by John McLean
It was a sunny day. In the outside lane on the busy freeway, an expensive sports car, top down, raced along the road, passing everything in sight. The driver was busy. In his extended arm, he held a “selfie” stick out in front of him, taking photos of himself and his car, apparently oblivious to the rest of the road users and the potential danger he might cause to himself and others.
“Hyper-individualism.” It’s the word used by researcher, author and well known social commentator Hugh Mackay to describe the state of Australian society and the loss of community. Not just a focus on the self, but an active promotion of, even obsession with, “me” – my wants, thoughts, desires. My world. My life. What I had for breakfast, what I think of the coffee I am currently drinking. And a growing assumption that everyone else must be as interested in me as I am.
Yet deep down, we know there is something seriously flawed with this. Deep in the human psyche, we know we need meaningful friendships, lasting relationships and deep connections. We know we need human contact, to love and be loved. At the abiding core of what it means to be human, we know we need one another.
This is why philosopher and author Alain de Botton writes that “one of the losses modern society feels most keenly is the loss of community”. As our society becomes increasingly technocratic, mobile, secularised, densely populated but increasingly fractured, “social isolation” – loneliness – is one of the biggest social problems in our nation. What an irony. An increasing focus on the self, and an accompanying increase in isolation and loneliness.
Theologian James Torrance is fond of reminding us that our view of God determines our view of ourselves, and indeed, of everything else. God dwells, in his very Being, in fellowship, communion. He has never been a lonely, isolated, solitary, aloof and separate being. God’s very existence is relational.
There is nothing mechanical, abstract, or impersonal about God. God, John tells us, is love. We were created for communion by the God whose very being is communion.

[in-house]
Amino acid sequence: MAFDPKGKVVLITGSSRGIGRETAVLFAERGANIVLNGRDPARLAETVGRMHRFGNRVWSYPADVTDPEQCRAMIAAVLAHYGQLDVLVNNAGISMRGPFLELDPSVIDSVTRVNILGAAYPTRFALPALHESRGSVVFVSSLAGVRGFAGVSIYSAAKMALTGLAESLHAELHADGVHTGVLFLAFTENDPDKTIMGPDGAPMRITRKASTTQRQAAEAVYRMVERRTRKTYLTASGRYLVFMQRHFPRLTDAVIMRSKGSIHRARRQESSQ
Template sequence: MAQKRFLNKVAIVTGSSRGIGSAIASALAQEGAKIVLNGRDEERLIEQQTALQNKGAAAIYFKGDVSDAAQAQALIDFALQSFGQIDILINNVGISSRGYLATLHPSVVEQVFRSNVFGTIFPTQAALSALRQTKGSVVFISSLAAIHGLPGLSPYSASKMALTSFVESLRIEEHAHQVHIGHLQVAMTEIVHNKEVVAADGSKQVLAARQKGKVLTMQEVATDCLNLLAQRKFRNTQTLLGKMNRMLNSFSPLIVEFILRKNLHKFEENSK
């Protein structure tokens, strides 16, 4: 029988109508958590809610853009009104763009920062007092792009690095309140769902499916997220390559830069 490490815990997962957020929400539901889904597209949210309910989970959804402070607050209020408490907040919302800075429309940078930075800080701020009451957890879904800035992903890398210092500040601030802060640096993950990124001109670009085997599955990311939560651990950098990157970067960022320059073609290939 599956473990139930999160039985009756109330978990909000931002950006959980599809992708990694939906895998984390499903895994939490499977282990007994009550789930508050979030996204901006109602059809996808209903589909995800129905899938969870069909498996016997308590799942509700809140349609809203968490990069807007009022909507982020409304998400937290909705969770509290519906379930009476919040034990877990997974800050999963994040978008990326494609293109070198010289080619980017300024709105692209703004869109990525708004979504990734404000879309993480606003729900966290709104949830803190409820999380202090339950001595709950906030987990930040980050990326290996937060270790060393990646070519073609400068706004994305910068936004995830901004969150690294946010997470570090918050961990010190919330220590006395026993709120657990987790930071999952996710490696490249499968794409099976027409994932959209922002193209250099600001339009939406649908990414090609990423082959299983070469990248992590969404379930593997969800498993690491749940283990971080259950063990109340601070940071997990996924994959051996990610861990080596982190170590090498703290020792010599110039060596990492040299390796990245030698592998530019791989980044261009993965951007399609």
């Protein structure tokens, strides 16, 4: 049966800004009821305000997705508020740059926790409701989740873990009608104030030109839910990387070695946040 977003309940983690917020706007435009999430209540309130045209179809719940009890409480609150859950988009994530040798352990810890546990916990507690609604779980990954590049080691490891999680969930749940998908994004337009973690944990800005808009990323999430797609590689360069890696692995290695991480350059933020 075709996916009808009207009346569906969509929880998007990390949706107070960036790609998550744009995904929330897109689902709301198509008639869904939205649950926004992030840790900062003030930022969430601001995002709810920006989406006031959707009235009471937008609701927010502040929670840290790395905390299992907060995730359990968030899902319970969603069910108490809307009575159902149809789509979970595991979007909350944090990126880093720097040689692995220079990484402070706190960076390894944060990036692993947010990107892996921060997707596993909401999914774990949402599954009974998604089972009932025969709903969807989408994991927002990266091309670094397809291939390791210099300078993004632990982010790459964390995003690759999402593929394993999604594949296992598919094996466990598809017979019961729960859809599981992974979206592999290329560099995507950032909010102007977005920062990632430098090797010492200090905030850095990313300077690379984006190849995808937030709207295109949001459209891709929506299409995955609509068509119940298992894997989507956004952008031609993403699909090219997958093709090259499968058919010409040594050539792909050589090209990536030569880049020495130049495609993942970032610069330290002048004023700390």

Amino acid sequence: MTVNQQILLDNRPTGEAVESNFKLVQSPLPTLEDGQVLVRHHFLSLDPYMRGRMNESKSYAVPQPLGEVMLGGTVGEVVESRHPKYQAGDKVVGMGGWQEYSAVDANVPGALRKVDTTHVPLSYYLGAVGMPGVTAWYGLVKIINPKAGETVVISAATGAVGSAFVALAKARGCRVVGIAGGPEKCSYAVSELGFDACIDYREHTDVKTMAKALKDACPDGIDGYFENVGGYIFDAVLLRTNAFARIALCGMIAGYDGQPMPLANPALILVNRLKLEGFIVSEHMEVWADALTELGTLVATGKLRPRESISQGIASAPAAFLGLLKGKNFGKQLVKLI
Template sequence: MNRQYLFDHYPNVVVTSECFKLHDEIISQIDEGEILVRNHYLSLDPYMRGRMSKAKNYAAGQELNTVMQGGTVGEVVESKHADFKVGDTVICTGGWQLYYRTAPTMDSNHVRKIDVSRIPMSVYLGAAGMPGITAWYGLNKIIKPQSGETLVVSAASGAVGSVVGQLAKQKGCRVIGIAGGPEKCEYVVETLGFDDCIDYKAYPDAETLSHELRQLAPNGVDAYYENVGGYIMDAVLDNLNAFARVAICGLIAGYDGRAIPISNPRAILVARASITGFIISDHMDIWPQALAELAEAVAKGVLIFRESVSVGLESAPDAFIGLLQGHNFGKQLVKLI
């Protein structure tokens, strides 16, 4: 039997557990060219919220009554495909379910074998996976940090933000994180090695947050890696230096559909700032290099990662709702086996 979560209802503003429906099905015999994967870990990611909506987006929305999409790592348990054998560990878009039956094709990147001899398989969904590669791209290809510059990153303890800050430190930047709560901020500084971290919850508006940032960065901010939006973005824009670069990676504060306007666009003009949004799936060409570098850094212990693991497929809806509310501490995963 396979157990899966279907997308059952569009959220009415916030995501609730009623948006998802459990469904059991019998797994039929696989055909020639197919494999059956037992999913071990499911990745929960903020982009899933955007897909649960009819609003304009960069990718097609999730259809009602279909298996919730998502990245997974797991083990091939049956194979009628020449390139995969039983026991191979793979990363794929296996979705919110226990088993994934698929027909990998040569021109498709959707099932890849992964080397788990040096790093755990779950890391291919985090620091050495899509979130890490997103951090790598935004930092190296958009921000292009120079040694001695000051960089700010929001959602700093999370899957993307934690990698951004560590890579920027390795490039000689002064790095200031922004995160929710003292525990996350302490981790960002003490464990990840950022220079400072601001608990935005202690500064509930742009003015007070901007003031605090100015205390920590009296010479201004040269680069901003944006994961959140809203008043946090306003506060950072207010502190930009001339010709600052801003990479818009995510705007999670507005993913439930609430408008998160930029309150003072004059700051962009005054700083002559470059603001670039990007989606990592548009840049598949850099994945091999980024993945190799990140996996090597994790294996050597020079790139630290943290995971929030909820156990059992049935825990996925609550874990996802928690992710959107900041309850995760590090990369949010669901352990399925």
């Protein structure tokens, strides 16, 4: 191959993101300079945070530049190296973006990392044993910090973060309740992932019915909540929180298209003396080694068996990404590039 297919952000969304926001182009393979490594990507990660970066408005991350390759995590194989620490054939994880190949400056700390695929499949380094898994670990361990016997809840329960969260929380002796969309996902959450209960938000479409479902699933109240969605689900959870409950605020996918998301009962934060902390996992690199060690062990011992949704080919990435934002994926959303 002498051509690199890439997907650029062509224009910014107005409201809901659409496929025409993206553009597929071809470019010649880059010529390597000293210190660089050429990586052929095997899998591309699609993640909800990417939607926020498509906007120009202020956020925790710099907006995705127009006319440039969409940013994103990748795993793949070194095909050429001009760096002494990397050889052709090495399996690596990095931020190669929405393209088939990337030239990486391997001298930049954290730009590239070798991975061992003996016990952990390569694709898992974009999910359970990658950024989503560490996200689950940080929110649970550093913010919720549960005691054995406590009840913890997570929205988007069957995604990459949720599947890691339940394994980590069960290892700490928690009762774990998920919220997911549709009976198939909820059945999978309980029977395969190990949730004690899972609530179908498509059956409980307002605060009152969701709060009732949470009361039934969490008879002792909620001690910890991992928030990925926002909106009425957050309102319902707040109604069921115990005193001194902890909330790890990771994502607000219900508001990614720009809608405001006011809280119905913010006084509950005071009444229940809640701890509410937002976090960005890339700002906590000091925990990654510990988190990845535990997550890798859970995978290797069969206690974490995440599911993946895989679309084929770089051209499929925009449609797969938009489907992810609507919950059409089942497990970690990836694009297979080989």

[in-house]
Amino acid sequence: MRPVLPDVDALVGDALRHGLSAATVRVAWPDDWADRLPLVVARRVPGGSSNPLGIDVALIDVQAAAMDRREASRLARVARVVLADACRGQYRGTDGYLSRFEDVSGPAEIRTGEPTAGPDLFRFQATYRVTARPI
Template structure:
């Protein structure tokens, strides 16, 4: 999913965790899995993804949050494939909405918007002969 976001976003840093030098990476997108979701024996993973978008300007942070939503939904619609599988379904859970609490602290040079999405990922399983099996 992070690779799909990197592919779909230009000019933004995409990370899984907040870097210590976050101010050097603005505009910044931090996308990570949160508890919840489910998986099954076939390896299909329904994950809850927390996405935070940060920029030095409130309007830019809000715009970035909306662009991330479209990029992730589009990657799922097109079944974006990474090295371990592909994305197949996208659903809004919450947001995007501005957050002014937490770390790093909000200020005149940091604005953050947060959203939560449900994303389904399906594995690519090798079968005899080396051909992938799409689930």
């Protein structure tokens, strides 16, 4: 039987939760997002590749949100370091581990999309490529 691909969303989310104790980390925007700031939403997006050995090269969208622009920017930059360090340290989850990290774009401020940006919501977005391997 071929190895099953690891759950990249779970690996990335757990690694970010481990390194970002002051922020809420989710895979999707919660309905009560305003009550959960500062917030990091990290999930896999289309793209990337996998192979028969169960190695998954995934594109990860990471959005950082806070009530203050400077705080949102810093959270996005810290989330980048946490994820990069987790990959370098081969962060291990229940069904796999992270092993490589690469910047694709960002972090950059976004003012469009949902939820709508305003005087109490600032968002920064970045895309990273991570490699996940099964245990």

This is so fundamental we can’t afford to miss it, gloss over it, forget it, or move on to something else. Good theology starts with God, not with ourselves. When we start with ourselves, we get a skewed view of the gospel, and of life. Such an approach can leave us with a distorted theology that actually feeds hyper-individualism, rather than answering it. You may have come across the line that runs like this: I know God loves me. I am his beloved. I have the Holy Spirit! So I don’t really need you, or anybody else. I certainly don’t need church. All those difficult people! It’s all about me, and I’m okay in God.
This is partly true – you are beloved by God. But when we start with God, we see the obvious, unavoidable, ineluctable truth is that this means we share in the life and love of God – a love that is inclusive, that reaches out to others in grace and kindness. A love that indeed is self-emptying, service focused and other-centred. Nothing could run more against hyper-individualism than the other-centredness of God revealed in the Incarnation, in the life, death and resurrection of Jesus, and brought to communal life in the creation of the church.
Easter and Pentecost
At Pentecost, God breathes life into the new creation of the church through the Spirit. The good news of Easter is followed by the good news of Pentecost. Pentecost is in fact the culmination of a season of celebration that begins with Easter. The two go together. The Spirit of the Risen Christ brings the church to life. This Holy Spirit creates the church, a communion of people in fellowship with God – and one another.